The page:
The microbiota is an important contributor to host health and fitness, impacting all aspects of life, from development and metabolism to immunity and behavior. Substantial work has been done to characterize the factors that shape the microbiota, and have demonstrated the importance of both environmental and host factors. However, much of the multifaceted relationship between the environment, the host, and the microbiota remains to be elucidated. My dissertation attempts to demonstrate the ways in which hosts can shape their microbiota through a taxonomic and functional evaluation of microbiotas within two experimental systems.
In chapter 1, I examine the relative contributions of the host and the environment to microbiota composition. Substantial work has been done to characterize the factors that shape the gut microbiota. Studies of the human gut microbiota have shown effects of geographical location, diet, and host genetics. However, the relative contribution of such factors in shaping the gut microbiota remains unclear, probably due to the large inter- individual variation. The nematode Caenorhabditis elegans offers a convenient model to characterize the contributions of the environment and the host to microbiota composition. While C. elegans is a well-characterized model organism, surprisingly little is known about its natural history, especially its interactions with microbes. To characterize the gut microbiota of C. elegans, I used 16S rDNA-targeted sequencing to measure the gut bacteria of worms grown in natural-like environments. By taking advantage of the availability of genetically-homogenous worm populations to reduce noise and average out inter-individual variation, and thus better discern shared features of the C. elegans microbiota, I demonstrate that the worm gut microbiota assembly is a deterministic process. My results suggest a dominant contribution of the host to microbiota composition, and further suggest a role for negative interactions between microbiota members.
In chapter 2, I further examined the contribution of host genetics to microbiota composition by identifying differences in microbiotas assembled in worms of different genotypes spanning 200-300 million years of nematode evolution. Using 16S rDNA- targeted sequencing, I demonstrate a significant contribution of host genetics to microbiota composition. However, experimental variables affected worm microbiota composition more than the worm genotype, and hindered my identification of host-specific taxa. In an attempt to overcome this, I isolated members of the Enterobacteriaceae core microbiota family from C. elegans and C. briggsae. This, however, did not identify phylogenetic distinctions between commensals of the two species. The functional evaluation of these gut isolates did reveal host-adaptation in the form of host-specific contributions to development, infection resistance, and lifespan. My results support the role of host genetics in shaping microbiota composition, and suggest that the extent of this contribution may surpass what could be deduced based on the commonly available phylogenetic resolution.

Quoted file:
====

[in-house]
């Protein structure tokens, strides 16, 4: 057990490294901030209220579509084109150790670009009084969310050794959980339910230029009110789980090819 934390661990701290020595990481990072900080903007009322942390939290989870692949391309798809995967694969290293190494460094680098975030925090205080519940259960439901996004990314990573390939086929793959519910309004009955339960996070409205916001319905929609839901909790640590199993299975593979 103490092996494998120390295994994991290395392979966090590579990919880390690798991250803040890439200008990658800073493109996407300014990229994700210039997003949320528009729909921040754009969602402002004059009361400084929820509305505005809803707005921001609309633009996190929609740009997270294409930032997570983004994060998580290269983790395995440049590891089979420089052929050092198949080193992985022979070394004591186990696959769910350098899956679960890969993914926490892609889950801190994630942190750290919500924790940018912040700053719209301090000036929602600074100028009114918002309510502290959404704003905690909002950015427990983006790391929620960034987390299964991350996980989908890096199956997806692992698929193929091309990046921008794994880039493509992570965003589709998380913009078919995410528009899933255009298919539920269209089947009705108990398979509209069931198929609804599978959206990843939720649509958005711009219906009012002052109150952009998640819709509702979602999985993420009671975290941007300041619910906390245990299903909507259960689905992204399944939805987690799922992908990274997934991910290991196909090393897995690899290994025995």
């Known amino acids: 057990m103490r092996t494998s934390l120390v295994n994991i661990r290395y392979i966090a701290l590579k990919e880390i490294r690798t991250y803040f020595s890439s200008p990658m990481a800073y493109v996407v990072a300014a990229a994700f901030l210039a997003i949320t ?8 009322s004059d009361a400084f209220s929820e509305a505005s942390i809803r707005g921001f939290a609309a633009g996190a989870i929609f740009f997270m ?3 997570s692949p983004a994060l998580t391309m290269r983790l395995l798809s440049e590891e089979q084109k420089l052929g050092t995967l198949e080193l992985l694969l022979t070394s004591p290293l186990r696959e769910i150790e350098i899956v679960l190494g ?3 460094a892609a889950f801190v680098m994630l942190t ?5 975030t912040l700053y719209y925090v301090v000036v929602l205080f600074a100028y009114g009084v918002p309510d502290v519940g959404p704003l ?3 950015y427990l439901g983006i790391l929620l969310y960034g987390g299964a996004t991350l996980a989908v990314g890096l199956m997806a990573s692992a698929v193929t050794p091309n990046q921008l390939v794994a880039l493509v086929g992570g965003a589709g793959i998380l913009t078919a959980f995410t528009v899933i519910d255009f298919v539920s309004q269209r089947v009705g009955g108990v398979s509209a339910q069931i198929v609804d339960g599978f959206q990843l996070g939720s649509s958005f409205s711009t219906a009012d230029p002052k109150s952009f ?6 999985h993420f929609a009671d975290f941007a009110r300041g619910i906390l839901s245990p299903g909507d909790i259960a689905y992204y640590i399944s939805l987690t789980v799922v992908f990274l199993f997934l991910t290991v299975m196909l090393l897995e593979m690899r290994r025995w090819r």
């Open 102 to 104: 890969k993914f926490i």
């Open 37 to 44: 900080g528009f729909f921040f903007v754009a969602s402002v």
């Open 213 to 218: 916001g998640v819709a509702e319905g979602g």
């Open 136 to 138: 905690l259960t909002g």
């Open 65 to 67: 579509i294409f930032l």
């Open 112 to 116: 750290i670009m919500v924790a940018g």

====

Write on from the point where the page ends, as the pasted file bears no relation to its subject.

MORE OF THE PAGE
In chapter 3, I surveyed the roles of specific host factors in shaping the C. elegans gut microbiota by examining the gut microbiota of C. elegans mutants deficient in feeding and immune function. When selecting mutants, I considered selection during feeding and selection within the intestine as two general ways a host could shape its microbiota. Altered feeding could affect colonization by changes in food choice, food uptake, and food grinding. Immune responses can significantly affect the colonization of pathogens, and it is likely that these immunity and stress response pathways could affect the colonization of non-pathogenic bacteria. From my previous work, I amassed a collection of C. elegans gut isolates with representatives from almost all core gut microbiota families. Because my previous work did show that the environment does influence the microbiota composition to a degree, I created a synthetic community as a food source to control for environmental variation. My results suggest that changes within the intestinal environment can affect microbiota composition, and demonstrate a role of the TGF-β/DBL-1 pathway in shaping the gut colonization of Enterobacter. This specificity suggests that hosts can shape their microbiota through specific host-microbe interactions.
In chapter 4, I utilized the tomato plant and P. syringae system to examine the ability of the phyllosphere microbiome to confer resistance to P. syringae infection of tomato leaves. In plants, the phyllosphere (above ground) microbiome is likely to be important for resistance to pathogens that infect the aerial portions of plants; however, relative to the below-ground microbiome, these communities are understudied and we do not yet know how the protective effects of this microbiome might vary as a function of bacterial density or resource availability. My results suggest that the presence of a phyllosphere microbiome does decrease pathogen colonization success, as plants sprayed with a microbiome had significantly less pathogen growth than plants sprayed with sterile buffer. I additionally show that the dose of microbiome spray has an effect on protection, and that this effect is dependent on the composition of the microbial community, but not microbial diversity. Finally, my results suggest that microbe-microbe competition (resource community dynamics) may play an important role in protection, as the addition of fertilizer abolishes the observed microbiome-mediated protection. Together, my results may alter our understanding of microbiome-mediated protection within agricultural settings and the use of plant probiotics.